Base saturation is something more often than not, too quickly overlooked on a soil test. Base saturation shows the percentage quantity of calcium, magnesium, potassium, and hydrogen in the soil. The lower the saturation gets for calcium and magnesium, the more nitrogen will build up in the soil. This is what causes pH to become acidic. That hydrogen is blocking the movement of nutrients in the soil and to the plant that in turn hinders growth and causes the fertilizer to become bound up and go to waste.
Recommended liming and fertilizer practices will vary for soils with widely differing cation exchange capacities. For instance, soils having a high CEC and high buffer capacity change pH much more slowly under normal management than low CEC soils. Therefore, high CEC soils generally do not need to be limed as frequently as low CEC soils; but when they do become acidic and require liming, higher lime rates are needed to reach optimum pH.
CEC can also influence when and how often nitrogen and potassium fertilizers can be applied. On low CEC soils (less than 5 meg/20000g), for example, some leaching of cations can occur. Fall applications of ammonium N and potassium on these soils could result in some leaching below the root zone, particularly in the case of sandy soils with low CEC subsoils. Thus, spring fertilizer application may mean improved production efficiency. Also, multi-year potash applications are not recommended on low CEC soils. Higher CEC soils (greater than 10 meg/100g), on the other hand, experience little cation leaching, thus making fall application of N and K a realistic alternative. Applying potassium for two crops can also be done effectively on these soils. Thus, other factors such as drainage will have a great effect on the fertility management practices used on high CEC soils (Purdue University Extension).
- Exchangeable cations can be divided into two groups:
- Every CEC binding site must have a cation bound to it to maintain electroneutrality
- The soil pH will be affected by whichever cations predominate on these exchange sites
- More base cations create more alkaline soil
- More acid cations create more acidic soil
Calcium & Base Saturation
Because calcium has an atomic weight of 40 units and hydrogen only has an atomic weight of 1, it is very easy for calcium to displace the hydrogen molecule from the CEC binding site and take its place. This negates the need for a carbon molecule as is used in limestone to strip hydrogen from the soil.
The optimal levels for base saturation are 65-75% calcium, 15% magnesium, 2-4% potassium, and about 10-15% hydrogen. At these levels, soil pH is balanced right around 7.0 neutral state. But, most importantly, the nutrients in the soil such as nitrogen, phosphorus, and all the key elements of plant growth. When the base saturation is balanced the cation exchange in the soil is at its most efficient. Additionally, when these levels are balanced, soil is more porous, meaning there is less compaction, better water disbursement, and retainment of that water, which leads to a healthier, stronger crop. Essentially the base saturation of calcium and magnesium in the soil is directly correlated to the soil pH, hence the reason for using calcitic lime or dolomitic lime.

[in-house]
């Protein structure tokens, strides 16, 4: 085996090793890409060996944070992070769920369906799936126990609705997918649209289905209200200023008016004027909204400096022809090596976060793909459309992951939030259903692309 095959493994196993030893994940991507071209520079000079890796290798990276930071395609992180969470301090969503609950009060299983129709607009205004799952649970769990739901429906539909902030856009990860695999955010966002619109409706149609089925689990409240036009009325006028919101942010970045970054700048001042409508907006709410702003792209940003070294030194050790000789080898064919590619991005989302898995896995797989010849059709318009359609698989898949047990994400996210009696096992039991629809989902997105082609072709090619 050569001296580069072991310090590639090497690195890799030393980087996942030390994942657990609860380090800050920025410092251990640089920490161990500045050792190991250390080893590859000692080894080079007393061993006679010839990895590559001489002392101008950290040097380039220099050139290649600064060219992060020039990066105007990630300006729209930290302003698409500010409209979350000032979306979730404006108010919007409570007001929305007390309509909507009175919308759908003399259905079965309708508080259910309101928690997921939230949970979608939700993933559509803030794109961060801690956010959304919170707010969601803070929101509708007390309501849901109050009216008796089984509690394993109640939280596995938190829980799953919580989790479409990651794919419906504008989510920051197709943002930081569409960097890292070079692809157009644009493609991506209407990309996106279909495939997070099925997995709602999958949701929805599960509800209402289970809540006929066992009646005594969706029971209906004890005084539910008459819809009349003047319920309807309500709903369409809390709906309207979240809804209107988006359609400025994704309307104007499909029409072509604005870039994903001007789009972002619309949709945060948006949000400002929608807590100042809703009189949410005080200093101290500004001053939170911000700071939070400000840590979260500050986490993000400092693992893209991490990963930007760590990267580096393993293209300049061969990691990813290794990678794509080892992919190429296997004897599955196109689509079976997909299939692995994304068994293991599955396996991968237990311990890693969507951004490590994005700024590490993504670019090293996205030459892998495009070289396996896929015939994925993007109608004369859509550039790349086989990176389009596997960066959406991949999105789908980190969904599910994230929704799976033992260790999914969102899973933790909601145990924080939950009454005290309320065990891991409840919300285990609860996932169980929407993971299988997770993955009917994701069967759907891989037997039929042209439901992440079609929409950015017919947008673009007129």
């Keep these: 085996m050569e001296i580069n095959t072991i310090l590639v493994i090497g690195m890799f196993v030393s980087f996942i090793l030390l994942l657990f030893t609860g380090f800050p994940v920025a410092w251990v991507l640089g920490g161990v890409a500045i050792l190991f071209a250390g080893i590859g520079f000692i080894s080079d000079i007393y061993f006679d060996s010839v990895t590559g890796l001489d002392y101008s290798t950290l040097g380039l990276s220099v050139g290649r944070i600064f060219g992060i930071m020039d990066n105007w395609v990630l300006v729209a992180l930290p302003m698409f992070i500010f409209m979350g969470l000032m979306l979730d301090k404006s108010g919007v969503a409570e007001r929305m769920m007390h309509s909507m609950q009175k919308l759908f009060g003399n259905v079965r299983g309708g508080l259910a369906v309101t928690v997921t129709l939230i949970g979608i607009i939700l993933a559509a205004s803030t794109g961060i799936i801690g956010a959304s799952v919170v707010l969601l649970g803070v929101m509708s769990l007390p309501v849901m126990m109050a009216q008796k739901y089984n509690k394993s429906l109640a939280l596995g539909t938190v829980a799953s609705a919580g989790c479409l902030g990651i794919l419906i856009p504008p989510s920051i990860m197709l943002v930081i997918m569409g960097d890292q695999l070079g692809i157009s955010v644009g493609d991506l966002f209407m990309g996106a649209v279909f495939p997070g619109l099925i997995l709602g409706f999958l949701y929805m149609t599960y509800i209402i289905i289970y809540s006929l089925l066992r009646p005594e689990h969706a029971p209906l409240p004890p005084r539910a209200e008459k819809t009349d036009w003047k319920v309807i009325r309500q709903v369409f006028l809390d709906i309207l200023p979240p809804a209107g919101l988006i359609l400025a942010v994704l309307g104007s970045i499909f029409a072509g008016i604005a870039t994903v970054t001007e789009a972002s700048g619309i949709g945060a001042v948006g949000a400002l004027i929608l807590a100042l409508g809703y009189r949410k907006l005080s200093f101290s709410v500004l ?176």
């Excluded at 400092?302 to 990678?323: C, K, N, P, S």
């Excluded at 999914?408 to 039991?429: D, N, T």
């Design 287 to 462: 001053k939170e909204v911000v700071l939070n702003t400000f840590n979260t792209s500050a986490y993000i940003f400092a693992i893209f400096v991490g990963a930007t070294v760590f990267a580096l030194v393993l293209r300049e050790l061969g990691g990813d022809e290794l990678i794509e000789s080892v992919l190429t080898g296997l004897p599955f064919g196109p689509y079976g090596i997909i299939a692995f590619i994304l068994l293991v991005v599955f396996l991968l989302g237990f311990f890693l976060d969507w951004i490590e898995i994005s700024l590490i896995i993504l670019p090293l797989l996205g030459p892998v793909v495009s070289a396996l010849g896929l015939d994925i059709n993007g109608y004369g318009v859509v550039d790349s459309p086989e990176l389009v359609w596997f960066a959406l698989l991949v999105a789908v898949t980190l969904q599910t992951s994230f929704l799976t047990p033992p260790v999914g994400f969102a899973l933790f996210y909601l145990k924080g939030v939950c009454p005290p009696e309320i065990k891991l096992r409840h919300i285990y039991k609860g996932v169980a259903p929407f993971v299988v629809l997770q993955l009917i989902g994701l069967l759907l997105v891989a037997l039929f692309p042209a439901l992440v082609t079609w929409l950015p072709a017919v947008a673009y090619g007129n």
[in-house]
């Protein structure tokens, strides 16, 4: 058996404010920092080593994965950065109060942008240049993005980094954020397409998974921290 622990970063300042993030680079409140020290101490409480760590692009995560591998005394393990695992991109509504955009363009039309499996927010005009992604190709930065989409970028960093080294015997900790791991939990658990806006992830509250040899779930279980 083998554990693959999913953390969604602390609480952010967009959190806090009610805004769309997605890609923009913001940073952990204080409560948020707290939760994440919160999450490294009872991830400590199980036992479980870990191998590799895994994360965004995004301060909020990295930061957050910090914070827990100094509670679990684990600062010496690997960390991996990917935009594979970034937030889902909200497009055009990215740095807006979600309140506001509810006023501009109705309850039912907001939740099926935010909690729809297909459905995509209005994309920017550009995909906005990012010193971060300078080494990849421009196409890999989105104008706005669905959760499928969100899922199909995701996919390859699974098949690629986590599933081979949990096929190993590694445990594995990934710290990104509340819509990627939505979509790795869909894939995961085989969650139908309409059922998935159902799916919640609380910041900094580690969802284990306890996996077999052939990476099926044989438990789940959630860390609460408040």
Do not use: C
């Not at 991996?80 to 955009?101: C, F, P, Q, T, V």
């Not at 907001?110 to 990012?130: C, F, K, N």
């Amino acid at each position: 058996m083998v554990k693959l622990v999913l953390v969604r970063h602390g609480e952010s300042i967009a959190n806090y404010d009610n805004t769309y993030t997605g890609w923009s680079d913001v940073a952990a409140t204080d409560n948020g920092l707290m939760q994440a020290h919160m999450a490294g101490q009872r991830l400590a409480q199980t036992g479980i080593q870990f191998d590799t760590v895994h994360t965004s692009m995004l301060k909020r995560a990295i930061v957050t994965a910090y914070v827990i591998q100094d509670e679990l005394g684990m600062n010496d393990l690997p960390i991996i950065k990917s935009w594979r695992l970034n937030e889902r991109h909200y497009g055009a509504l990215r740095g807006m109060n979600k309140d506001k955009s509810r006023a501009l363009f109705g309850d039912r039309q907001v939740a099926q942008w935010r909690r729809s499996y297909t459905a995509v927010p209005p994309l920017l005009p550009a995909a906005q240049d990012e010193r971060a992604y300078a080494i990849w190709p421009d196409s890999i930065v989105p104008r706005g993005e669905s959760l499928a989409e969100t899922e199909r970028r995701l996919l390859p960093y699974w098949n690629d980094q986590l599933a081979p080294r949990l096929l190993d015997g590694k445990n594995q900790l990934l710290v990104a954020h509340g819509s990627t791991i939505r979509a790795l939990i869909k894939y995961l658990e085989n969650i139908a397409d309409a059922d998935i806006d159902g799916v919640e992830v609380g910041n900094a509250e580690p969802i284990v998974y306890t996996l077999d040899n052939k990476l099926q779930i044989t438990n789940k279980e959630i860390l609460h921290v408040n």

How Liquid Calcium is Applied
Soil pH is a measure of the acidity in the soil. That acidity is determined by the amount of the hydrogen (H+) built up in the soil. Hydrogen is an acidic cation whereas calcium and magnesium are basic cations. Balancing soil pH is simply balancing the levels of the cations at a state that maximizes nutrient availability in the soil. Soile is the nutrient storehouse for plants. We measure the cation amounts in the soil based on a 100% soil capacity, such as discussed in the base saturation section. The higher the percentage of hydrogen in the soil compared to other primary cations, calcium, and magnesium, the lower the soil pH becomes. However, when calcium or magnesium are added to the soil, it raises each of their respective percentage levels, in turn lowering hydrogen levels and raising soil pH.
Soil pH: 5.5
Base saturation levels: Ca++: 50% Mg++: 12% K+: 3% H+: 35%
If calcium is added to the soil to raise the calcium base saturation by 25% to the necessary level, the following result will occur:
Soil pH 6.8
Base saturation levels: Ca+: 75% Mg+: 12% K+: 3% H+: 10%
Notice the difference being the additional 25% calcium introduced to the soil lowered the overall percentage of hydrogen by the same quantity, In turn balancing pH at a neutral state or near neutral state.
Effects of Liquid Calcium
Liquid calcium works by quickly and effectively adding the needed calcium to the soil, raising base saturation and balancing pH. This is what is happening when a calcitic lime is added to the soil. The difference being the limestone must take 6 months – 1 year to breakdown. During this time, the stone is releasing soluble calcium into the soil and raising pH. However, only a small percentage of limestone actually becomes available calcium, with the majority settling out in the soil causing hard plates and soil compaction over time.
Liquid calcium eliminates those issues by bypassing the breakdown process and eliminating harmful sediment that can hurt soil conditions in the long term. To put this simply, limestone and liquid calcium in the end administer the same results, which is adding calcium to the soil to raise pH, increase cation exchange in the soil, rid the soil of sage weeds, and boost overall plant growth and health. Liquid calcium is simply the more effective way of attaining those results. The reason this method seems to be new to the industry, although it is not, is because for years, it has not been cost-effective to do so. However, with current day ag prices plut the cost of trucking and spreading, liquid calcium is not only the better option for correcting soil pH, but also the more affordable option.